Validering av spørreskjemaer for insomni i befolkningen: Helseundersøkelsen i Nord-Trøndelag (HUNT)

Forskere fra NTNU og St. Olavs hospital har i denne studien validert spørreskjemaene Karolinska Sleep Questionnaire (KSQ) og Insomnia Severity Index (ISI), sammenlignet med et semistrukturert ansikt til ansikt intervju for å diagnostisere insomni hos pasienter under og over 65 år. I tillegg ønsket forskerne å sammenligne prevalens ved bruk av spørreskjema kontra intervjubasert diagnostisering. Totalt 232 av 1200 inviterte (19,3 %) fra HUNT4 fylte ut spørreskjemaer, inkludert KSQ og ISI, kort tid før de deltok i et strukturert diagnostisk intervju om insomni basert på DSM-5 kriteriene. Validiteten av spørreskjema var høyere for personer under versus personer over 65 år. Resultatene fra studien bør vektlegges ved epidemiologiske populasjonsbaserte studier som bruker spørreskjemaer for å diagnostisere insomni.

Validation of insomnia questionnaires in the general population: The Nord-Trøndelag Health Study (HUNT)

Artikkelen er publisert i Journal of Sleep Research

James Filosa, Petter Moe Omland, Knut Langsrud, Knut Hagen, Morten Engstrøm, Ole Kristian Drange, Andreas Jarlalein Knutsen, Eiliv Brenner, Håvard Kallestad, Trond Sand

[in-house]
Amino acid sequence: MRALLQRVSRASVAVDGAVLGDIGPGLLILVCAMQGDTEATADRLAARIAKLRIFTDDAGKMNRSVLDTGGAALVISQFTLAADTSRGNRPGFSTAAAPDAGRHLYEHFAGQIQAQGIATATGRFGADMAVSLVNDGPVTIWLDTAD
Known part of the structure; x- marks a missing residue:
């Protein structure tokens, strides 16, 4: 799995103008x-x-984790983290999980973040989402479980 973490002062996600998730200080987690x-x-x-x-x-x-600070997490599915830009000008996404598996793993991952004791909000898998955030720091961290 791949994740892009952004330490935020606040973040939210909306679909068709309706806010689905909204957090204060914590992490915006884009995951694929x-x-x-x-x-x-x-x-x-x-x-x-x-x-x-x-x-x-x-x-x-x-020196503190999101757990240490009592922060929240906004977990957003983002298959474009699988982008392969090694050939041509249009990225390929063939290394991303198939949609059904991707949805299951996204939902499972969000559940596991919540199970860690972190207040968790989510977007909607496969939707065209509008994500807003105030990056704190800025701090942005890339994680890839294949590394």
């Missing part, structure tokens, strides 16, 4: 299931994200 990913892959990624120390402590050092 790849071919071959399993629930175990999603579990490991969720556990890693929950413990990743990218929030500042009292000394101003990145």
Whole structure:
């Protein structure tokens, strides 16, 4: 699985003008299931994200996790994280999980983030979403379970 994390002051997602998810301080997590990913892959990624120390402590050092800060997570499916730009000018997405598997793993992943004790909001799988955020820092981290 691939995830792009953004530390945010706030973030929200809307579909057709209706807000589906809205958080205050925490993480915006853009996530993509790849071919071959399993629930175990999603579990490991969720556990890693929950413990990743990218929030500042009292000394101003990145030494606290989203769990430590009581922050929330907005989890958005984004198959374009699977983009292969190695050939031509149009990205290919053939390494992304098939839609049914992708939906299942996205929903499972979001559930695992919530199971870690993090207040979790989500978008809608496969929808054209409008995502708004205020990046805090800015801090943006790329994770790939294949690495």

The primary aim was to validate questionnaire-based insomnia diagnoses from a modified Karolinska Sleep Questionnaire (KSQ) and the Insomnia Severity Index (ISI), by age category (< or >65 years), against a semi-structured face-to-face interview. Secondary aims were to split validity by diagnostic certainty of the interview and to compare prevalence estimates of questionnaire- and interview-based diagnoses. A total of 232 out of 1,200 invited (19.3%) from the fourth Nord-Trøndelag Health Study (HUNT4) completed questionnaires, including the KSQ and ISI, shortly before attending a face-to-face diagnostic interview for insomnia based on the fifth edition of the Diagnostic and Statistical Manual of Mental Disorders (DSM-5). Both a tentative (DSM-5 criteria A-E) and a definite (criteria A-H) interview diagnosis was evaluated. Cohen's kappa statistic quantified questionnaire validity. In all, 33% (95% confidence interval 27-39%) of participants had definite insomnia: 40% of women and 21% of men. The ISI (cut-off 12) and several KSQ-based diagnoses showed very good validity (κ ≤0.74) against the tentative, versus good validity (κ ≤0.61) against the definite interview diagnosis. Short questionnaires, requiring a daytime symptom at least three times a week, may underestimate insomnia prevalence. Validity was consistently higher for persons aged below versus above 65 years (definite insomnia: κ ≤0.64 vs. κ ≤0.56). Our results have implications for epidemiological population-based studies utilising insomnia questionnaires.